How far the humble combination of meat, chips, sauce, cheese and styrofoam packaging has come. A year ago, few would have heard of a halal snack pack, but now the new kebab shop favourite has been named one of the words of the year by Macquarie Dictionary.
The dictionary released its annual word of the year list on Wednesday, crowning 'fake news' as the word of 2016 (and yes, before you ask, 'fake news' is two words -- strangely for a dictionary, they use a rather elastic definition of 'word' to include terms and phrases).
"The concept of fake news is one of the big issues of 2016, not only in Australia but around the world. It captures an interesting evolution in the creation of deceptive content as a way of herding people in a specific direction," Macquarie Dictionary said of its decision.
"There has come a point with fake news where people are beginning to believe what they want to believe, whether or not the news story is actually true."
A runner-up word of the year was 'enby', a term you may not have come across in that word. The committee called it "an interesting construction", saying it had evolved "from the abbreviation NB (for non-binary) to a word in its own right."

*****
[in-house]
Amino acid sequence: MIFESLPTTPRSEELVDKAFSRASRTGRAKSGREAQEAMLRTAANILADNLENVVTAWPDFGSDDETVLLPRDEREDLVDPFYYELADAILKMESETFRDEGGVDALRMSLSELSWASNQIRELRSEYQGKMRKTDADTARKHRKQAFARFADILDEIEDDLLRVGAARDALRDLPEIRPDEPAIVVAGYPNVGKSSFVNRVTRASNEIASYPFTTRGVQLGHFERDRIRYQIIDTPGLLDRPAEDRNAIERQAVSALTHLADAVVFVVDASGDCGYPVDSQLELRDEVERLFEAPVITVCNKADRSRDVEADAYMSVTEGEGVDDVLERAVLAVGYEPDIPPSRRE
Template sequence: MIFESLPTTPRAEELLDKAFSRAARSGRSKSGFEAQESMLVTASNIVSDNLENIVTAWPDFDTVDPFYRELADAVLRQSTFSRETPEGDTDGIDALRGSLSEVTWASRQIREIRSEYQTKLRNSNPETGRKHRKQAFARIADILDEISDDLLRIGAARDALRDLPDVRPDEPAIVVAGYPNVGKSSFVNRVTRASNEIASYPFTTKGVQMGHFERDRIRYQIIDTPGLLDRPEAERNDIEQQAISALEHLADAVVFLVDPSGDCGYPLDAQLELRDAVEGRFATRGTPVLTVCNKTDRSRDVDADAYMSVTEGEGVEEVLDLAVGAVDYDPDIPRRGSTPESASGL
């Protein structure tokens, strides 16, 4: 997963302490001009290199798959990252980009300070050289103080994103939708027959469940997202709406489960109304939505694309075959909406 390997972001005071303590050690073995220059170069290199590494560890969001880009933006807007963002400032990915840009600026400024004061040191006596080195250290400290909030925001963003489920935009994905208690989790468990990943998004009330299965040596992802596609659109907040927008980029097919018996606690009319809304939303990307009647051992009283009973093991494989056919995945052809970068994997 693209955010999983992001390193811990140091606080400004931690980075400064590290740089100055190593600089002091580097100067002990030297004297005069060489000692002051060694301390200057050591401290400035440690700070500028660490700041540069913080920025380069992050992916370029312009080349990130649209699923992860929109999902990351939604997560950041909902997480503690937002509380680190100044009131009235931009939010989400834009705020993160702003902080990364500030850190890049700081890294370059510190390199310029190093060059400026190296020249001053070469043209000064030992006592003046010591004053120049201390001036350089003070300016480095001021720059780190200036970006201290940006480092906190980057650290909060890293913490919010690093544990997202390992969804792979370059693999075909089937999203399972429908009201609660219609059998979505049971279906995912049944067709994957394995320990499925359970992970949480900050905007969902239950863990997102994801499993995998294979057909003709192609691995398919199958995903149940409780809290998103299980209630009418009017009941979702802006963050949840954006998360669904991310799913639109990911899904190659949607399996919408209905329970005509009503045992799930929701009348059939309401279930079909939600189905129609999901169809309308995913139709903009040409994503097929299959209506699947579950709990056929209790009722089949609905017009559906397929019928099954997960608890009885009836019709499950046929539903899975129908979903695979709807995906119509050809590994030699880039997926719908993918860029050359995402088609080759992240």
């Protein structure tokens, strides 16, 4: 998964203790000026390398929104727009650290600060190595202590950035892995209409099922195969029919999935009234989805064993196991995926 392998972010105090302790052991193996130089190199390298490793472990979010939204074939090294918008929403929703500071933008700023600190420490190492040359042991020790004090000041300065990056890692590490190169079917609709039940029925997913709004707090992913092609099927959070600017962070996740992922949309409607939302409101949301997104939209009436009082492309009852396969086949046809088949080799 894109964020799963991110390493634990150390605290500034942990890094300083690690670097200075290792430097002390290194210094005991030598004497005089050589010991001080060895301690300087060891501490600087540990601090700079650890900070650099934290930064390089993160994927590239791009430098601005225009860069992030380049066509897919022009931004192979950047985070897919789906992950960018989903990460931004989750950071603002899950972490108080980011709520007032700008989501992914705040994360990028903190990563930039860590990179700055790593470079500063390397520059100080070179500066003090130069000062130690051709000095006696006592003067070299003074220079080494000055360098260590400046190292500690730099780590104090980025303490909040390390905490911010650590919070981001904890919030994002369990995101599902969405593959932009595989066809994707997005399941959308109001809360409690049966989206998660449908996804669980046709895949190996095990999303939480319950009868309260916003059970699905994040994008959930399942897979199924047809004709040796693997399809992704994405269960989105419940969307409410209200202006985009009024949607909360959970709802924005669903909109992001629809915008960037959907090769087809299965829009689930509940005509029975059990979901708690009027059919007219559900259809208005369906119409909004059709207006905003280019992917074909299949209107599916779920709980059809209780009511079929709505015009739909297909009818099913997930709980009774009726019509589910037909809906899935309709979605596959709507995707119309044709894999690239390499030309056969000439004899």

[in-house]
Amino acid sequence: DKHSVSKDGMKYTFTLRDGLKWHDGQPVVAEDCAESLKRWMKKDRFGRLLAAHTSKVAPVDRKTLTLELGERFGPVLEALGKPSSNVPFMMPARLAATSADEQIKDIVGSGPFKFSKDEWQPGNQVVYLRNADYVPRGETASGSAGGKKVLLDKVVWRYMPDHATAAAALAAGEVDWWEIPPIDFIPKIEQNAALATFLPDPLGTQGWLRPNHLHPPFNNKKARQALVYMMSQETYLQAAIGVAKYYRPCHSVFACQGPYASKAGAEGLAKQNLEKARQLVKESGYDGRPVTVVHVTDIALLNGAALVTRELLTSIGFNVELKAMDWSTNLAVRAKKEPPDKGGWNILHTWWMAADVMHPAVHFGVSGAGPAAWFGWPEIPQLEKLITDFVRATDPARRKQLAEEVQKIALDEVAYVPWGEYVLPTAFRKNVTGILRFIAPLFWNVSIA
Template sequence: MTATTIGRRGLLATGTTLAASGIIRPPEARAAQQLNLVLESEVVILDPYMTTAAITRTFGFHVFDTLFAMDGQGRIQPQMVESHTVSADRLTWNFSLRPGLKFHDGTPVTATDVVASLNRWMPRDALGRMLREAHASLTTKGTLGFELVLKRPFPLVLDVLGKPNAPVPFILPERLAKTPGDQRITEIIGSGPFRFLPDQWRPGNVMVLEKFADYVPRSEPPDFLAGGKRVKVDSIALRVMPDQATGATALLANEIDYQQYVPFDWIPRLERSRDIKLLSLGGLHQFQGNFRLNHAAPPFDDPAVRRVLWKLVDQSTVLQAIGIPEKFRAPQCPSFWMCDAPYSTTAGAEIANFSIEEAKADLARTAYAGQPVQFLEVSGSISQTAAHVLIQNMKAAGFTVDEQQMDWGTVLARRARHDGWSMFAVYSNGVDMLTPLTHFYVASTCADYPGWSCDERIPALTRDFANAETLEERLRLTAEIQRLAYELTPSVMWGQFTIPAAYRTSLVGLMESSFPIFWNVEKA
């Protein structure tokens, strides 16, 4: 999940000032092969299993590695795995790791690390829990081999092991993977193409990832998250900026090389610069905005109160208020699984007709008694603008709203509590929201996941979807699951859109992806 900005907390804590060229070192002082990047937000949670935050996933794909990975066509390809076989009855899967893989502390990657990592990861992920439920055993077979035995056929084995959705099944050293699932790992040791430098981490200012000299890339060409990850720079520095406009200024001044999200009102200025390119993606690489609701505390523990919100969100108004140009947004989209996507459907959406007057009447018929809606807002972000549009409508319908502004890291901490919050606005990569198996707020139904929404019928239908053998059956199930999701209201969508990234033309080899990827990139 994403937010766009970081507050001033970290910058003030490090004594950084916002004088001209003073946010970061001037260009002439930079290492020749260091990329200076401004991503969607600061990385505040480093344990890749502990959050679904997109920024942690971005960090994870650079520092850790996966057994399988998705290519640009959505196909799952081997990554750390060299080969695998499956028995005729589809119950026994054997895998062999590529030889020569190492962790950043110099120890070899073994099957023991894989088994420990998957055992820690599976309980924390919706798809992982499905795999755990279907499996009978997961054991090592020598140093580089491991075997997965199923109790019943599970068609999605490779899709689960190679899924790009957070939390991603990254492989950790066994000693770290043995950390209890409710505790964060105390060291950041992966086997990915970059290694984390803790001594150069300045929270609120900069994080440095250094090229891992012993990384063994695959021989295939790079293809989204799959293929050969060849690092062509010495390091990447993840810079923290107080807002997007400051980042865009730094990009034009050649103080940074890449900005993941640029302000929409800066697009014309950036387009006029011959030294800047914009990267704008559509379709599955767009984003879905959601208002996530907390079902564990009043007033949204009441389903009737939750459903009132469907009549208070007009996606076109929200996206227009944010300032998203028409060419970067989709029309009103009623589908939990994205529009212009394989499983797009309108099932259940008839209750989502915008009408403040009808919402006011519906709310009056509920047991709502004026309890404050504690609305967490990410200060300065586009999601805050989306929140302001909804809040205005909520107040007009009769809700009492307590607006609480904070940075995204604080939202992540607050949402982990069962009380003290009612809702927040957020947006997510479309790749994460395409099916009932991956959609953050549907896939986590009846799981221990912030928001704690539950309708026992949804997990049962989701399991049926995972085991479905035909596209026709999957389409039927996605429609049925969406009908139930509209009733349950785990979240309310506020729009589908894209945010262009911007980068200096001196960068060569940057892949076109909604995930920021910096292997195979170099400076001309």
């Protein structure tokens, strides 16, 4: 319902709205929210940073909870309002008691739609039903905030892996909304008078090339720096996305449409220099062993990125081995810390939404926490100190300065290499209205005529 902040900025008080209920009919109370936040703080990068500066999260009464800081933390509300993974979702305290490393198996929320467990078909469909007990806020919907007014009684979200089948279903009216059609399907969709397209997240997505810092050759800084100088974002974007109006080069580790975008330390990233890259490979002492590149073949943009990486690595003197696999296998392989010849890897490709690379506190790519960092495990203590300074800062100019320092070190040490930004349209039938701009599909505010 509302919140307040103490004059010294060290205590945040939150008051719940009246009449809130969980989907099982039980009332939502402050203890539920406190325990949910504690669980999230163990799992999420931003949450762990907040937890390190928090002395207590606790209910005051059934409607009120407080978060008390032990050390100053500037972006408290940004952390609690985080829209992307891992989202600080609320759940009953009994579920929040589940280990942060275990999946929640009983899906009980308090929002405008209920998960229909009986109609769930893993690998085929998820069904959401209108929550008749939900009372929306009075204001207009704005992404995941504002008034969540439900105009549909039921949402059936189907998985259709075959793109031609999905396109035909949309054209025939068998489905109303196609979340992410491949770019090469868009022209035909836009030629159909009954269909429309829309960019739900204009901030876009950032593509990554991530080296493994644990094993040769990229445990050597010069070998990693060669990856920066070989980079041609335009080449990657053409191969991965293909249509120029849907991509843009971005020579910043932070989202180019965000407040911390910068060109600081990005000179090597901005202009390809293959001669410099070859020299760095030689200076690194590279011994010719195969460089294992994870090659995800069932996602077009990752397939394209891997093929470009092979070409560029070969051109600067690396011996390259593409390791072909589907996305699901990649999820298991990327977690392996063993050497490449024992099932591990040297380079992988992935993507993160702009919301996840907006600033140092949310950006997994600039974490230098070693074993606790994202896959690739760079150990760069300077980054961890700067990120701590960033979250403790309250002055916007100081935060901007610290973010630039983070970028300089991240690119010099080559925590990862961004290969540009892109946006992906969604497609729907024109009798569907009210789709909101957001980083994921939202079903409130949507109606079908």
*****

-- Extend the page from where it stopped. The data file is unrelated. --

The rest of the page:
"Gender identity has been a powerful part of the political discourse in Australia over the past year."
But legions of fans across the country will be cheering that their favourite new junk food, the near cult-status halal snack pack (a HSP for those in the know) was also named a runner-up.
"The significance of halal snack pack is that it tells us about something once confined largely to the Muslim community that is now surfacing throughout the broader Australian community," the dictionary said.
Unsurprisingly, federal senator Sam Dastyari -- who arguably has done more to promote the humble HSP than any other single person, after repeatedly talking about them in parliament and even inviting avowed halal opponent Pauline Hanson to eat one with him during a live election night broadcast -- was stoked.
The dictionary's committee has made their choice, but the public voting for the People's Choice word of the year is still open. You can vote for your own favourite words of the year until January 31, on the Macquarie Dictionary website.